In a recent comment a mom asks about dessicated liver. We thought it was a great question and that we would ask Ruth for her thoughts…
The mom asks:
I really love your book. Thanks for such a great work.
I’d like to start using desiccated liver powder for my 8 months old daughter but I cant find the powder version of it, all I can find is the tablet version.
Can you recommend a brand/company who makes powder form of the desiccated liver?
Desiccated liver is a powdered nutritional supplement made from dried liver. It is high in vitamin B12 (a nutrient sometimes claimed to be lacking in vegetarian diets) and other B vitamins. You can introduce desiccated liver to your baby beginning at about 8 months. Add 1/2 to 1 teaspoon to your baby’s Super Porridge daily or several times a week to make up for whatever you feel your baby would be missing in a meatless diet.
I recommend the Now brand. Please go light on the liver powder so baby does not get too much iron. The nutrition section of Super Baby Food discusses the daily recommended amounts of iron. The iron is “heme” iron and is very well-absorbed, unlike iron from plants. You can also buy the tablets and crush them by putting them in ziploc bag and crushing with a spoon
Check back at the Super Baby Food Blog for more information for feeding your baby the very best!Pin It
When to Give an Iron Supplement to Your Baby
A full-term baby is born with enough iron stores from Mom to last him about 4-6 months, or until his birth weight doubles. Babies, then, after 4-6 months, need foods high in iron such as iron-fortified formula or iron-fortified cereal. The question is: does a baby need an iron supplement? Again, the first resource to turn to is your pediatrician. Together, you and he can determine what your baby’s diet is providing and if there is a need for a daily, supplemental iron drop, as suggested by the American Academy of Pediatrics in some cases. Babies may continue to need an iron supplement until they are 18 months old, but be careful to give the baby too much iron, it can lead to constipation. A detailed list of iron-rich foods is included in Super Baby Food’s nutrition reference section. For online information regarding iron-rich foods, try this list at Wholesomebabyfood.com.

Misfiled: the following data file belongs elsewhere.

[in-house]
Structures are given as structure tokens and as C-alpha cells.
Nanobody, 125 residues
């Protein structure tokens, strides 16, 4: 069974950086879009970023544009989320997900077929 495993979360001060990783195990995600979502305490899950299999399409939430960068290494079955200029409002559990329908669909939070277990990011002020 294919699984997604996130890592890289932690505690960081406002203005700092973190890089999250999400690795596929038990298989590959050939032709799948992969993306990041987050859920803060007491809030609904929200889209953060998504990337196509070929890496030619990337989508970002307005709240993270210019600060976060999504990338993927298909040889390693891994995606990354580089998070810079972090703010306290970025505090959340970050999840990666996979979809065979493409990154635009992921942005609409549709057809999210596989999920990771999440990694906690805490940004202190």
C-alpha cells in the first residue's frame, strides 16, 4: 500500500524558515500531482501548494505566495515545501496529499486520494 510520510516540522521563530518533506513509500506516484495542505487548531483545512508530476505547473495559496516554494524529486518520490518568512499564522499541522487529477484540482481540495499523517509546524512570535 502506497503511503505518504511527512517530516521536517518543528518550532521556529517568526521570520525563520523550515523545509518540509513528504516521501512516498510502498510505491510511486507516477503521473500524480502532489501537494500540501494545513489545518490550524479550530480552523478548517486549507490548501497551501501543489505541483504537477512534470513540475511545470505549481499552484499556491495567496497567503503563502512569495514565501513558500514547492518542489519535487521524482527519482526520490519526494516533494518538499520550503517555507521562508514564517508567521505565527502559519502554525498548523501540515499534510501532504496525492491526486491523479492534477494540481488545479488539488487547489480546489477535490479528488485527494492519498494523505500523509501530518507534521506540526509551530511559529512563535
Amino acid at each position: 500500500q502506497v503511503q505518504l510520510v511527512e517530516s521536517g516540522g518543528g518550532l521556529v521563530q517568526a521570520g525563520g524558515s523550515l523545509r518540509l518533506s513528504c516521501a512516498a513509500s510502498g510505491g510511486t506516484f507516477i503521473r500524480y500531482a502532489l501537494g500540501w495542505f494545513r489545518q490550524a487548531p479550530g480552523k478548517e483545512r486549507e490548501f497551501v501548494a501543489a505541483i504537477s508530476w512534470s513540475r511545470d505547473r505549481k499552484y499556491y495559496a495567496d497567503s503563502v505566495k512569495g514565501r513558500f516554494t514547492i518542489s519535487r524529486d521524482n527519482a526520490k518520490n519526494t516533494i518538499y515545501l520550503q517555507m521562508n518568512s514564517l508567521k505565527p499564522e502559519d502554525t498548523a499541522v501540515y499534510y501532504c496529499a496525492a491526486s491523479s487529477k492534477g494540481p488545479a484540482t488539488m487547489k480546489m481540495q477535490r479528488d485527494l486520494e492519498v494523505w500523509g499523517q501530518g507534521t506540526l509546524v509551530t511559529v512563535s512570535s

Does your Baby Need a Fluoride Supplement?
A fluoride supplement is another nutritional supplement that should be discussed with your pediatrician. The prevailing guideline from the AAP is that fluoride NOT be given in infants under the age of 6 months. Specifically,
“The American Academy of Pediatrics and the American Academy of Dentistry recommend that all children older than six months of age, breast fed or formula fed, be given fluoride supplements if they live in an area where the fluoride level of the water is less than 0.3 ppm. Optimal fluoride concentration in water for teeth is .7-1.2 ppm. Use of fluoride supplements is indicated for children in non-fluoridated areas.”
The take-away here is that up to 6 months, fluoride supplements are not necessary. After 6 months have a talk with your pediatrician regarding your baby’s diet (breast-feeding or bottle feeding) and the percentage of fluoride in your drinking water to decide if a fluoride supplement is necessary. As with many child care practices, prevailing wisdom changes, so be sure to discuss with your pediatrician and check out the websites of the AAP and the AAD for the most updated information.
Check back with the Super Baby Food Blog for more information regarding Iron and Fluoride Supplements.Pin It